HMRC has published ‘Draft legislation: VAT reverse charge for construction services’, which will bring in a new reverse charge for supplies between construction businesses in order to combat VAT fraud in the sector.
- If approved, the legislation will have effect from 1 October 2019.
- It is designed to reduce missing trader fraud in the construction sector, where VAT is not paid over to HMRC by a supplier.
- The legislation uses the same definition for construction services as the Construction Industry Scheme (CIS) definition of construction operations.
- The reverse charge will apply throughout the chain of supply, where the supply is of construction services to a recipient which itself is a business that will be making an onward supply of construction services.
There are excepted supplies to which the reverse charge rules will not apply:
- It will not apply where the recipient is not going to be making an onward supply of construction services. This means that the end user/customer will not be affected, only the businesses in the middle of the chain will be affected.
- It does not apply to services between connected parties, or between landlords and tenants.
- Zero-rated supplies are excluded.
To effect the change, construction services are added to the reverse charge rules applicable to other Missing trader frauds under s55A Value Added Tax Act 1994. This operates differently to the normal cross-broder Reverse charge.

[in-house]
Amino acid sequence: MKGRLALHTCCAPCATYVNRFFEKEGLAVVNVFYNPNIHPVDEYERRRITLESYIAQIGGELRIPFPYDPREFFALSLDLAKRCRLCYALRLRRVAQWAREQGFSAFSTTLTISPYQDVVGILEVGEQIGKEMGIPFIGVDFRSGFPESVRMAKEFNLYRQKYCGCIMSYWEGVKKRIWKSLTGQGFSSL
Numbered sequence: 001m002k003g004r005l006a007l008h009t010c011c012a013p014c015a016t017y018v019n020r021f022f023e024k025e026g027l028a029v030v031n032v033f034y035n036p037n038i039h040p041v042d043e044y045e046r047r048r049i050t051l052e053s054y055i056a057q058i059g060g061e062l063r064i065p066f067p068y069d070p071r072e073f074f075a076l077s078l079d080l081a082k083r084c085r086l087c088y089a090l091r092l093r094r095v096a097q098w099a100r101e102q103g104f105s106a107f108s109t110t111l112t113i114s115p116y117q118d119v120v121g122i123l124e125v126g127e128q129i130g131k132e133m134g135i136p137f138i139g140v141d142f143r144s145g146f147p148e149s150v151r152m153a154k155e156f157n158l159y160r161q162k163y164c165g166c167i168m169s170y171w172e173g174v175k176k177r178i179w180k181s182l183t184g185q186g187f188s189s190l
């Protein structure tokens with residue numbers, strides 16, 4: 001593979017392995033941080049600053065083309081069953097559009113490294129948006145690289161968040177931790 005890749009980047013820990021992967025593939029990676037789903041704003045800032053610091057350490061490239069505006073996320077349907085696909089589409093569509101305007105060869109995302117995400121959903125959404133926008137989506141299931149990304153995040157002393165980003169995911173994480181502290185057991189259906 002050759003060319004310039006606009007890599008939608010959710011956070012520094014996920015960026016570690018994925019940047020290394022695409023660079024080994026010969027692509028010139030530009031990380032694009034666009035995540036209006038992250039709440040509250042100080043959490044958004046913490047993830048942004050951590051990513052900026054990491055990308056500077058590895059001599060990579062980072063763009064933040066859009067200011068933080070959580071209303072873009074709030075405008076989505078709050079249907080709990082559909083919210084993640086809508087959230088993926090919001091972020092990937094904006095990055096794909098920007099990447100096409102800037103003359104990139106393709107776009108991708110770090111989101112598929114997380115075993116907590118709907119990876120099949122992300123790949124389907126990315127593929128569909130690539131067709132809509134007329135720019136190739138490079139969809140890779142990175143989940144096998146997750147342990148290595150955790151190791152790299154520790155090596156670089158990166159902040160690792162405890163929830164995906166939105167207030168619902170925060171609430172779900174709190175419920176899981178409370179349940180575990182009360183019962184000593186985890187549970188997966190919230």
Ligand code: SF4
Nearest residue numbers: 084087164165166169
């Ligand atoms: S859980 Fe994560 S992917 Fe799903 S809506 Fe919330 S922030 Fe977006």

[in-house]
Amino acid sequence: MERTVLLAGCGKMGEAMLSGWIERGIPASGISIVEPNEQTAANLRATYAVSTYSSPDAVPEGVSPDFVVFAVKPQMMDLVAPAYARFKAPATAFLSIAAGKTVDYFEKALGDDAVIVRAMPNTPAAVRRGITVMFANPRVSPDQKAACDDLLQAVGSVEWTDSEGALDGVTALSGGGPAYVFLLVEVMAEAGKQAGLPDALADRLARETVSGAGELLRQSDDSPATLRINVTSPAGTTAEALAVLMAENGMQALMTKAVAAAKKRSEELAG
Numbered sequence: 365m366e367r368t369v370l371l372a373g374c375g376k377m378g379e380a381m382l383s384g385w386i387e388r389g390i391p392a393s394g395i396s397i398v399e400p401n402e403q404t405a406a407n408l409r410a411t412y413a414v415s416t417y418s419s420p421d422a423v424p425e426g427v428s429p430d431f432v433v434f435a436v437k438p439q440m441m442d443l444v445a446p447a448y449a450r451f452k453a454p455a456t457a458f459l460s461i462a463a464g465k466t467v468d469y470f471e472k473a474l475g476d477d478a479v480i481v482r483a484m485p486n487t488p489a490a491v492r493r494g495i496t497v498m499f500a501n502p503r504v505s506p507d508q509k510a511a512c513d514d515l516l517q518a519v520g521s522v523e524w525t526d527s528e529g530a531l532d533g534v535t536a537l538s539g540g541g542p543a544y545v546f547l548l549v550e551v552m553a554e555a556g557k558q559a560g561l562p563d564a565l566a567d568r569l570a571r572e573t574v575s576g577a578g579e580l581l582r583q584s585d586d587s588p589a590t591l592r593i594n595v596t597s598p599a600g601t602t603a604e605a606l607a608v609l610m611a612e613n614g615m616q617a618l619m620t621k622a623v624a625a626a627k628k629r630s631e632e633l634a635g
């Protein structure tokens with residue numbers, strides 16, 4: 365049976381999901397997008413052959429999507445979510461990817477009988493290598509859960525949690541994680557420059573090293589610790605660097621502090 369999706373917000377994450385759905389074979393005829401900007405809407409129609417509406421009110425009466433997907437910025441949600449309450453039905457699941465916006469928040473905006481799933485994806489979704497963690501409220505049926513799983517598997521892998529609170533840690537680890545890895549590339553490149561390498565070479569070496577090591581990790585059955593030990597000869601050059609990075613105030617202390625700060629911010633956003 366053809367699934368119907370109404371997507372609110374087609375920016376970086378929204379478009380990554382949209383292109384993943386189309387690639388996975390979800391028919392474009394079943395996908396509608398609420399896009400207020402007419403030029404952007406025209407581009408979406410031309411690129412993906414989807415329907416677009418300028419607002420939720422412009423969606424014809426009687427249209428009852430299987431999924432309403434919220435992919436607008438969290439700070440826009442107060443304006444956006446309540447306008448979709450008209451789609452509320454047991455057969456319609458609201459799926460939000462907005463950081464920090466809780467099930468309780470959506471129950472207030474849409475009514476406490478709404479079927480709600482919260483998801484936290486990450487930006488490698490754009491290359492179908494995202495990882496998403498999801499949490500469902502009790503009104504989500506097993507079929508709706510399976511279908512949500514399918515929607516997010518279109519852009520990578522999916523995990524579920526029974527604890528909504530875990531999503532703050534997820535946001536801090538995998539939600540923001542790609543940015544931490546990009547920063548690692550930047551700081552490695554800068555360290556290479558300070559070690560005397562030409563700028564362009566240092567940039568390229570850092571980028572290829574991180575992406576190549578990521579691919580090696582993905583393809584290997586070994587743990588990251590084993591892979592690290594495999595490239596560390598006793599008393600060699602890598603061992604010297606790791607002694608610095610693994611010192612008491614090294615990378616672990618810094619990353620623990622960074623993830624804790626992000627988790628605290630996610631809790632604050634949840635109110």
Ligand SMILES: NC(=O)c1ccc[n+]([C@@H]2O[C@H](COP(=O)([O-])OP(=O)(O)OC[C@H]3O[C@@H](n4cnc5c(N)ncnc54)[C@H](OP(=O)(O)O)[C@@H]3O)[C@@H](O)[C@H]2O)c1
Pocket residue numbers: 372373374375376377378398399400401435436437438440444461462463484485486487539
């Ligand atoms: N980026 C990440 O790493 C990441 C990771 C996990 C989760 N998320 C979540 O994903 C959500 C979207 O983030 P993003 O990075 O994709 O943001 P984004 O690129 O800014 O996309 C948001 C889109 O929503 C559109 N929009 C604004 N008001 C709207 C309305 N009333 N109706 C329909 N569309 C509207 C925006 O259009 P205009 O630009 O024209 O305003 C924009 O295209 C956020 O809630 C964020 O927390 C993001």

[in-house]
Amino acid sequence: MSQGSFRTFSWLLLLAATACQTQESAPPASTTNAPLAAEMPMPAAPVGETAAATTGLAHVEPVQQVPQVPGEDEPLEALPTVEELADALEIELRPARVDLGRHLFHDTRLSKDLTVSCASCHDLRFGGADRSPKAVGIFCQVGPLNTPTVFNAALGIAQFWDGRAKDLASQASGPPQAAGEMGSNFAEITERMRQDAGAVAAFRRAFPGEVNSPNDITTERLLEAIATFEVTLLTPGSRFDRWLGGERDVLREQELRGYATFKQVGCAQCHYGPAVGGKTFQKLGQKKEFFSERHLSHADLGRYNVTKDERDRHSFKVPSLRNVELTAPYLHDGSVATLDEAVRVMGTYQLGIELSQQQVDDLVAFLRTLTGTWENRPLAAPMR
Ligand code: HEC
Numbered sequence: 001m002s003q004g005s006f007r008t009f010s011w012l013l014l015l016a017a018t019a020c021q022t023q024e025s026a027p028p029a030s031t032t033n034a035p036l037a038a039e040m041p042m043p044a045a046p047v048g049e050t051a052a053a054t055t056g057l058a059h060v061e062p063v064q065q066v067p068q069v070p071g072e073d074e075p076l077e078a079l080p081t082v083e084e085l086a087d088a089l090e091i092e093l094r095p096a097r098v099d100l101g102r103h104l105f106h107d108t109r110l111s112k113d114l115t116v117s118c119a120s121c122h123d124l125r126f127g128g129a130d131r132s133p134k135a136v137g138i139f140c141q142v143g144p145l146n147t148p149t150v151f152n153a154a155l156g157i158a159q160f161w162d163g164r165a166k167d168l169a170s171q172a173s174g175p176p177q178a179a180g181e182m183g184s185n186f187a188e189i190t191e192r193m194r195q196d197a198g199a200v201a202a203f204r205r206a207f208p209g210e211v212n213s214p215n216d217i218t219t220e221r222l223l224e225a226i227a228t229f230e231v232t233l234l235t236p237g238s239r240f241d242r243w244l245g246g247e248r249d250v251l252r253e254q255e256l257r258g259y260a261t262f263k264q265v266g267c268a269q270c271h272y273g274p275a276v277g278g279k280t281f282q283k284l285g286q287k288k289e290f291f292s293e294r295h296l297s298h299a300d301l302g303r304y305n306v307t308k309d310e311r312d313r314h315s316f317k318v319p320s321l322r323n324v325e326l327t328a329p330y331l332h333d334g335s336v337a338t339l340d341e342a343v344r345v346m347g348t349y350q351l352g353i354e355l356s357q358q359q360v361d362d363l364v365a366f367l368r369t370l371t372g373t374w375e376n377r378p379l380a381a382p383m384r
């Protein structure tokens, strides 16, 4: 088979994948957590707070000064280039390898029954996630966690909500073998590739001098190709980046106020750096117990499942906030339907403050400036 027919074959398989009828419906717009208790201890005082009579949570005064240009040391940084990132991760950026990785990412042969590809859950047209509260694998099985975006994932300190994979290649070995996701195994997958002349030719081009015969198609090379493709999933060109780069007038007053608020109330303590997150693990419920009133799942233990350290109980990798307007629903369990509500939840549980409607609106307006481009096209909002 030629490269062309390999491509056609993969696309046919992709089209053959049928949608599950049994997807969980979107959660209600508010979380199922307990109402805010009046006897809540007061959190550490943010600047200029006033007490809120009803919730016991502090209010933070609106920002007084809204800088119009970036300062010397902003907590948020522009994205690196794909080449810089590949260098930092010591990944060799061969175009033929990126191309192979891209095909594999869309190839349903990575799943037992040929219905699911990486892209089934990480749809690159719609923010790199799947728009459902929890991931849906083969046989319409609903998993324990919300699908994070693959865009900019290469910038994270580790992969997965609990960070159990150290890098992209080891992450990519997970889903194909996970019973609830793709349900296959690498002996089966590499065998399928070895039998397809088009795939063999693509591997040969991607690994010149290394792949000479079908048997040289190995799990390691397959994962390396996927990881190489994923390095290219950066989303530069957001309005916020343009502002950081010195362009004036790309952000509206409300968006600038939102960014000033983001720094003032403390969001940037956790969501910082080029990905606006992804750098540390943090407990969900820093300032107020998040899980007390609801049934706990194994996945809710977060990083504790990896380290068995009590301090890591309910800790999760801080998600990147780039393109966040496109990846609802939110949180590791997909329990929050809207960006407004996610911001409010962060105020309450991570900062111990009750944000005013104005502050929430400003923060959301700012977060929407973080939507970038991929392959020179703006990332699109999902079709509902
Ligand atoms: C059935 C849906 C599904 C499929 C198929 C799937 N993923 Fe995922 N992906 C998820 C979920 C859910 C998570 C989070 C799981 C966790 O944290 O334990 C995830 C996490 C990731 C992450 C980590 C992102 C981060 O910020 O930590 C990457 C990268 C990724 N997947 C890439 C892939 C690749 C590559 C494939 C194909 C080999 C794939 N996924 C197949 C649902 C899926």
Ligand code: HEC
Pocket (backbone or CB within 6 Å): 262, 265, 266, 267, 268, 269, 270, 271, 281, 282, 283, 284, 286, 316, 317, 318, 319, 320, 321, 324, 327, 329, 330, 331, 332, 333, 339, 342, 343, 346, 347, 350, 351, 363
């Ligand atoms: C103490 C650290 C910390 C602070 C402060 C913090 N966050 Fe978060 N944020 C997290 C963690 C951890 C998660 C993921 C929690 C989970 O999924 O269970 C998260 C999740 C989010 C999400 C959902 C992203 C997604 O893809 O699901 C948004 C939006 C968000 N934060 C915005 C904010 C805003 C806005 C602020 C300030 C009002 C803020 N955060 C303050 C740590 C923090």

These rules have an effect on the calculation of turnover for VAT Registration purposes and on who is liable for the VAT payment to HMRC.
- Where the services are caught by the new rules, the recipient business is treated as making a supply to itself of the services received for VAT registration purposes. This is regardless of whether the supplier is VAT registered or not.
- The supplier is still treated as making a taxable supply for VAT registration purposes too.
- The first £1,000 per month of construction services from a supplier will be ignored. Only the excess is included.
These rules could result in a non-VAT registered business having a far lower effective VAT registration threshold.
If for example, a contractor pays a subcontractor £2,500 a month, £1,500 of those payments made will be treated as turnover of the payer (recipient of the services) for VAT Registration purposes. If the recipient charged the same amount with no mark up, to another contractor it would effectively have to double count £1,500 when calculating its VAT turnover. Once for the receipt of the supply and once for the supply it makes.
- Where both the supplier and the recipient are VAT registered, or should be VAT registered, the recipient is liable to account for and pay the VAT to HMRC on behalf of the supplier.
- The supplier will not make a VAT payment on those supplies.
- The first £1,000 per supplier per month is not ignored in this case.
The consultation closed on 20 July 2018. HMRC have not yet published feedback to the consultation. The full draft legislation, explanatory notes and, draft impact notice can be read here.
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